APOBEC3 (A3) genes are members of the AID/APOBEC gene family that are found exclusively in mammals. A3 genes encode antiviral proteins that restrict the replication of retroviruses by inducing G-to-A mutations in their genomes and have undergone extensive amplification and diversification during mammalian evolution. Endogenous retroviruses (ERVs) are sequences derived from ancient retroviruses that are widespread mammalian genomes. In this study we characterize the A3 repertoire and use the ERV fossil record to explore the long-term history of coevolutionary interaction between A3s and retroviruses. We examine the genomes of 160 mammalian species and identify 1,420 AID/APOBEC-related genes, including representatives of previously uncharacterized lineages. We show that A3 genes have been amplified in mammals and that amplification is positively correlated with the extent of germline colonization by ERVs. Moreover, we demonstrate that the signatures of A3-mediated mutation can be detected in ERVs found throughout mammalian genomes and show that in mammalian species with expanded A3 repertoires, ERVs are significantly enriched for G-to-A mutations. Finally, we show that A3 amplification occurred concurrently with prominent ERV invasions in primates. Our findings establish that conflict with retroviruses is a major driving force for the rapid evolution of mammalian A3 genes.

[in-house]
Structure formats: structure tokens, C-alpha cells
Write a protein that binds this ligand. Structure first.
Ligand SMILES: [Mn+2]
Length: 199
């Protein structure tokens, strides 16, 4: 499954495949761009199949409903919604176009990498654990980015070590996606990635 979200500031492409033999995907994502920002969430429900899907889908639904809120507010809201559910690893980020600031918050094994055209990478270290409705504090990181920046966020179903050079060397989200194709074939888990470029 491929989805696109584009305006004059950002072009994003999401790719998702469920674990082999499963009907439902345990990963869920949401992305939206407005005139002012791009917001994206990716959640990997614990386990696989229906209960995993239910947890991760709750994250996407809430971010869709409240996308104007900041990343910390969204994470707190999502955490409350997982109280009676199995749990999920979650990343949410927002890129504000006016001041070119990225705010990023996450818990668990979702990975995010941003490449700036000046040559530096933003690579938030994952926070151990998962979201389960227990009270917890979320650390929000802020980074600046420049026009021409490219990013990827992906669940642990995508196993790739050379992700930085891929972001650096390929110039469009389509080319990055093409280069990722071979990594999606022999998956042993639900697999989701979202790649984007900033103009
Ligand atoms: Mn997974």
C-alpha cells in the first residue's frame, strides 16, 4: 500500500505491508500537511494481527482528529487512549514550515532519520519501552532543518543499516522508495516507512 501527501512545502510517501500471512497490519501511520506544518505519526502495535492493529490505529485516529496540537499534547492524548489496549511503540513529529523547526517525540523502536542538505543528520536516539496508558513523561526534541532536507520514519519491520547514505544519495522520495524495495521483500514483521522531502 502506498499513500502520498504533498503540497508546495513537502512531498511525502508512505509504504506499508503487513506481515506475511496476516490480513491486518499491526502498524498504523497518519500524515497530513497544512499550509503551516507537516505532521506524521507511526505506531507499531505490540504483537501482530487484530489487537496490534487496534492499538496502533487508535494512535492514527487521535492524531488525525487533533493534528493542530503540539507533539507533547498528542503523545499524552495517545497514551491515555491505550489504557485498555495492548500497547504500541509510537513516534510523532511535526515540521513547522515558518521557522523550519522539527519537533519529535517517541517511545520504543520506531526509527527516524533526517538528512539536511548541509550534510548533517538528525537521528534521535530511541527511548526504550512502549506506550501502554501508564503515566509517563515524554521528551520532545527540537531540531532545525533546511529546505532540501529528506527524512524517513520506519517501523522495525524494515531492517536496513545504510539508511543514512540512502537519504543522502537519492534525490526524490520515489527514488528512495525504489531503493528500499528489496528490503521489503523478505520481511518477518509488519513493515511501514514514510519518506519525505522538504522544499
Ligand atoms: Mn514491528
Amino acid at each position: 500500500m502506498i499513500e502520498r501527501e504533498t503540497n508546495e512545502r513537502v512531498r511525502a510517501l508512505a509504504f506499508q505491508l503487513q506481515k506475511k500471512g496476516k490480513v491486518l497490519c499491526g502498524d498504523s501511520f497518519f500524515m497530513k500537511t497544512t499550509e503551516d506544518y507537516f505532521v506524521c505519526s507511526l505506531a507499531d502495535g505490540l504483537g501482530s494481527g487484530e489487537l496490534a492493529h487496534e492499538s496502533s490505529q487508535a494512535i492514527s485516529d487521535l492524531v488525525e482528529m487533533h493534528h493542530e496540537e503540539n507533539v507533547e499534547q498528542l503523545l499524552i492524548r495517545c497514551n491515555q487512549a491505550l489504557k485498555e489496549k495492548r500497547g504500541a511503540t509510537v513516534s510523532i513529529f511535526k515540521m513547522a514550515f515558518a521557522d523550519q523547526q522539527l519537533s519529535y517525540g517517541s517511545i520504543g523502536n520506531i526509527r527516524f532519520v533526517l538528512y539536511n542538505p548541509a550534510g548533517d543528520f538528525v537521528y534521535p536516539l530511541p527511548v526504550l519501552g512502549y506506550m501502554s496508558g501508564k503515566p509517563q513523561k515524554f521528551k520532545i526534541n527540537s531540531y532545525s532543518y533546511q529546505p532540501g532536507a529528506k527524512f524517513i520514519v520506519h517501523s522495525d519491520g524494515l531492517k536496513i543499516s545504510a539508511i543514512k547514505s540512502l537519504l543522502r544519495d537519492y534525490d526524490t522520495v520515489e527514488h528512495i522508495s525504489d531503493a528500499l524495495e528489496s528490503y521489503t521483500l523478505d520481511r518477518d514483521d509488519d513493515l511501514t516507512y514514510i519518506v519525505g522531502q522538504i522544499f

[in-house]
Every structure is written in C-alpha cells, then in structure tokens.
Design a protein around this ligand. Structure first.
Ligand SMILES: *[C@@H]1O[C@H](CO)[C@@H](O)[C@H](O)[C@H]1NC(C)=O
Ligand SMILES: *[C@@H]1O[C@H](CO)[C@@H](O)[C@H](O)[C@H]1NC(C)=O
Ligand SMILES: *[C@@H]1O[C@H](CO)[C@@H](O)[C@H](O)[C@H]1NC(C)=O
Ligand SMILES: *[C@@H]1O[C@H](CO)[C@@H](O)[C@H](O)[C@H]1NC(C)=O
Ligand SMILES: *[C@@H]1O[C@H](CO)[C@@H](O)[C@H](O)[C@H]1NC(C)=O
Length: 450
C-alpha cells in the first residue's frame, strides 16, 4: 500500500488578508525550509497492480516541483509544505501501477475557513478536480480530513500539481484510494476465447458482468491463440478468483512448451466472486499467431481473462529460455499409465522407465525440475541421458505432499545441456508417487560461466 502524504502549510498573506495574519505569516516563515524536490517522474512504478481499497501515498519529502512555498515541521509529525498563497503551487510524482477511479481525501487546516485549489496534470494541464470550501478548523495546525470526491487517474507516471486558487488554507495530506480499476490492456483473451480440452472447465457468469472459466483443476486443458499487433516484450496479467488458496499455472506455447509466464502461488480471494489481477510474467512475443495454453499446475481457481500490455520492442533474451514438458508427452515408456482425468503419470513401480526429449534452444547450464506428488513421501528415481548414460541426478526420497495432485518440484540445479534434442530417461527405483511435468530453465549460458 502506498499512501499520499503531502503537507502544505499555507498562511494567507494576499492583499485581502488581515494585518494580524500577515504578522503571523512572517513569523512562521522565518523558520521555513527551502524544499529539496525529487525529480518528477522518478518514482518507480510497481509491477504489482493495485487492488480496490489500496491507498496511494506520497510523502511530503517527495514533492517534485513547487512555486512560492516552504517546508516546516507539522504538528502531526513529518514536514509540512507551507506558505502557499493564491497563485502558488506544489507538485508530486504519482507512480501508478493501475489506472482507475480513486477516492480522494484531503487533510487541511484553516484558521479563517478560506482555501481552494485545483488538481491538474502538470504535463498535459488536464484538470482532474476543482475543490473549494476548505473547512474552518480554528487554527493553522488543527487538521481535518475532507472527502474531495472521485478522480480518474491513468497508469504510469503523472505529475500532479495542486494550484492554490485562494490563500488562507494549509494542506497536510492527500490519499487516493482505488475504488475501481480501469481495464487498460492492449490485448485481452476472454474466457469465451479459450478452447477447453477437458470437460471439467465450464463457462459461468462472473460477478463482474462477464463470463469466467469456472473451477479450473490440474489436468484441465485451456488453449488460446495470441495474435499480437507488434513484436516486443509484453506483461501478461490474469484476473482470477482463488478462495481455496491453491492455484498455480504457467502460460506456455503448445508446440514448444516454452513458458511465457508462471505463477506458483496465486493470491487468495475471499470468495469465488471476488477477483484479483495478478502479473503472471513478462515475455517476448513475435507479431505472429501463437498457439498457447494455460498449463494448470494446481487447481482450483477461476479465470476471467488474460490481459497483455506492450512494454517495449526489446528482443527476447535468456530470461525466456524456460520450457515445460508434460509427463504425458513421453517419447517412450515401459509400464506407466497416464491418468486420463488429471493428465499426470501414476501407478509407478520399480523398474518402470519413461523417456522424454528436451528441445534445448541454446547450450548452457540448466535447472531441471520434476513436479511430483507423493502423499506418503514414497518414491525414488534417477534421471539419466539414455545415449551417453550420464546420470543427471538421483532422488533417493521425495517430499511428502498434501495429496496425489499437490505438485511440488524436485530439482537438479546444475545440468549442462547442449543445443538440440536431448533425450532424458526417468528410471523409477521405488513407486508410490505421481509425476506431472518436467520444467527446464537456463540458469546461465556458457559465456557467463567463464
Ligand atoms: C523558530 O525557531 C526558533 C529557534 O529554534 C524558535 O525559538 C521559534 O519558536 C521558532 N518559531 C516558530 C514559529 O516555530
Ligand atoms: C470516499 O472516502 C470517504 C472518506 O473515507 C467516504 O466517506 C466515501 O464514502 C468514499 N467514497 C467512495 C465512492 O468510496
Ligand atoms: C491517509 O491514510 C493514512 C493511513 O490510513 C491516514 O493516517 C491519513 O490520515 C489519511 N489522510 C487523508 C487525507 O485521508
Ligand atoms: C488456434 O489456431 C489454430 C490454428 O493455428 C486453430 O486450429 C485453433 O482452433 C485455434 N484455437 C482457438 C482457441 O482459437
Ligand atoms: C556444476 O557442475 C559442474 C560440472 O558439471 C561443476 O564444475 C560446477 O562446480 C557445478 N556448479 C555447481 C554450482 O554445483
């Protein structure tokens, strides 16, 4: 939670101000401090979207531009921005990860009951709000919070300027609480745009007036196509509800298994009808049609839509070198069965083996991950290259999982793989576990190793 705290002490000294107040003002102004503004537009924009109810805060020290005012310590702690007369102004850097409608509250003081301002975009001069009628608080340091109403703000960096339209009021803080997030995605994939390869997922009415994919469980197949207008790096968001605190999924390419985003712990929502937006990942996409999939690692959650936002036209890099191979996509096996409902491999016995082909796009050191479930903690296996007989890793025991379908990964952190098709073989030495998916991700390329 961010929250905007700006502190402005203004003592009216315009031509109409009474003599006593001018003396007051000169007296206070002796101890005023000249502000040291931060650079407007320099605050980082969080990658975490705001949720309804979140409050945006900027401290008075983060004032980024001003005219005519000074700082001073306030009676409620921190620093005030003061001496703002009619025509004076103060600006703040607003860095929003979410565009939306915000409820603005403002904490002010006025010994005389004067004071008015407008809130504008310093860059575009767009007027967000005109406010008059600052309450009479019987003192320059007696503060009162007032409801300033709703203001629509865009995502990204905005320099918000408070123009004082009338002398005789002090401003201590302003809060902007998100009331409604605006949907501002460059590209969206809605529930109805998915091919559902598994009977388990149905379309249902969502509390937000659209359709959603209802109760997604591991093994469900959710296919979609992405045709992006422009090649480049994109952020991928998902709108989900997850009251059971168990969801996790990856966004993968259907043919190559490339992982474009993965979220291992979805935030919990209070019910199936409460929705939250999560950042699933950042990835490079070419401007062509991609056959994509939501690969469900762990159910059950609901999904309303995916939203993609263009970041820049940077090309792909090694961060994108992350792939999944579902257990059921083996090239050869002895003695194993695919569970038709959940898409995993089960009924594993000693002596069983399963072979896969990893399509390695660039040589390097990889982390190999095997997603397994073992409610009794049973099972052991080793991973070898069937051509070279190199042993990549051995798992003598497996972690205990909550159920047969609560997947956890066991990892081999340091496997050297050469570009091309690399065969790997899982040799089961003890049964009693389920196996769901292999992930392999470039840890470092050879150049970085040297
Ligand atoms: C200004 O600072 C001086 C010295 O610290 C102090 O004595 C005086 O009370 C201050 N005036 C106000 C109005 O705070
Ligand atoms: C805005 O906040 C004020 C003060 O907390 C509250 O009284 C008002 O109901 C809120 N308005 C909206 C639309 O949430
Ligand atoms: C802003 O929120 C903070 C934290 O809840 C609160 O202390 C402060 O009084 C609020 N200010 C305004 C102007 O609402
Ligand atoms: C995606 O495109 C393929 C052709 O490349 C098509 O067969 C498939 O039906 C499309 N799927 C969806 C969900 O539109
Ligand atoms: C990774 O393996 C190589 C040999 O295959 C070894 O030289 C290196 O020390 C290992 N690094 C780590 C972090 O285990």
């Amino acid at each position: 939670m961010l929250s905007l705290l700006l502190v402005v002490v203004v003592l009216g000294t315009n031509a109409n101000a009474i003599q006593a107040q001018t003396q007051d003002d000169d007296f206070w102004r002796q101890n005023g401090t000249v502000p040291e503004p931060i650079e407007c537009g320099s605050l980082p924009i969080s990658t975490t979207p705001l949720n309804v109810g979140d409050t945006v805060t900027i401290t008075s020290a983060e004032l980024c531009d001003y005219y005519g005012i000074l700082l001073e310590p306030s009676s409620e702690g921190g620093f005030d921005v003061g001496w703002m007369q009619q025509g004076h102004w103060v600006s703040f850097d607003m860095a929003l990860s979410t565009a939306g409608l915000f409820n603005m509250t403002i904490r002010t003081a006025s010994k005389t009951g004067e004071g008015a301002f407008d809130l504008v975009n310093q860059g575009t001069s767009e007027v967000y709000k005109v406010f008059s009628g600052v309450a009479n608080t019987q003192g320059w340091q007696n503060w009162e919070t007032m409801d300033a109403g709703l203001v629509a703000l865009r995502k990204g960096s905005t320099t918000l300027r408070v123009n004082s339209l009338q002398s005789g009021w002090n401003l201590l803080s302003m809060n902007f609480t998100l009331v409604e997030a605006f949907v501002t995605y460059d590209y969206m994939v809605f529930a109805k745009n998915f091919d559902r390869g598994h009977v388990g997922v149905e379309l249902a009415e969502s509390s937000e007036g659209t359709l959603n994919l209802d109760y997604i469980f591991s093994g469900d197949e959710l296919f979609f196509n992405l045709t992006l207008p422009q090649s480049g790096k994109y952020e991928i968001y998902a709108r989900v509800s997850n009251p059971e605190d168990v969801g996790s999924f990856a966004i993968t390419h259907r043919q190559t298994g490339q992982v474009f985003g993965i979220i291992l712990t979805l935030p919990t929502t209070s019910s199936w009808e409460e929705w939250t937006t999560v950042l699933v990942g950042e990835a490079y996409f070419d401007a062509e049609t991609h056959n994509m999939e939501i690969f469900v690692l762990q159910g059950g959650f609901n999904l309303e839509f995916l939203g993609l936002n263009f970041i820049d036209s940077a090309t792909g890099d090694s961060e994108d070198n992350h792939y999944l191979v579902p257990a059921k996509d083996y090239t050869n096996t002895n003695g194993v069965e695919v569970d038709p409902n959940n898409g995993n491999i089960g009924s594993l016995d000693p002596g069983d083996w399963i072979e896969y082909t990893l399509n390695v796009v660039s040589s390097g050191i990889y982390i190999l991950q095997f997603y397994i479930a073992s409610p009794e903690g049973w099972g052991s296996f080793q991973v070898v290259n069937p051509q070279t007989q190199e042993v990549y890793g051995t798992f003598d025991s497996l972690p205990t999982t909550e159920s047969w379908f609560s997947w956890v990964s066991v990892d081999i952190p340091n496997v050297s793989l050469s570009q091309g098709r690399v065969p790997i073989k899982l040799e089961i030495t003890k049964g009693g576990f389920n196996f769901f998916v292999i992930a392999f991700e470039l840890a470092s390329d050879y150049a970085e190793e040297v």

Keywords: APOBEC3; endogenous retrovirus; evolutionary arms race; gene amplification; mammal.
Copyright © 2020 the Author(s). Published by PNAS.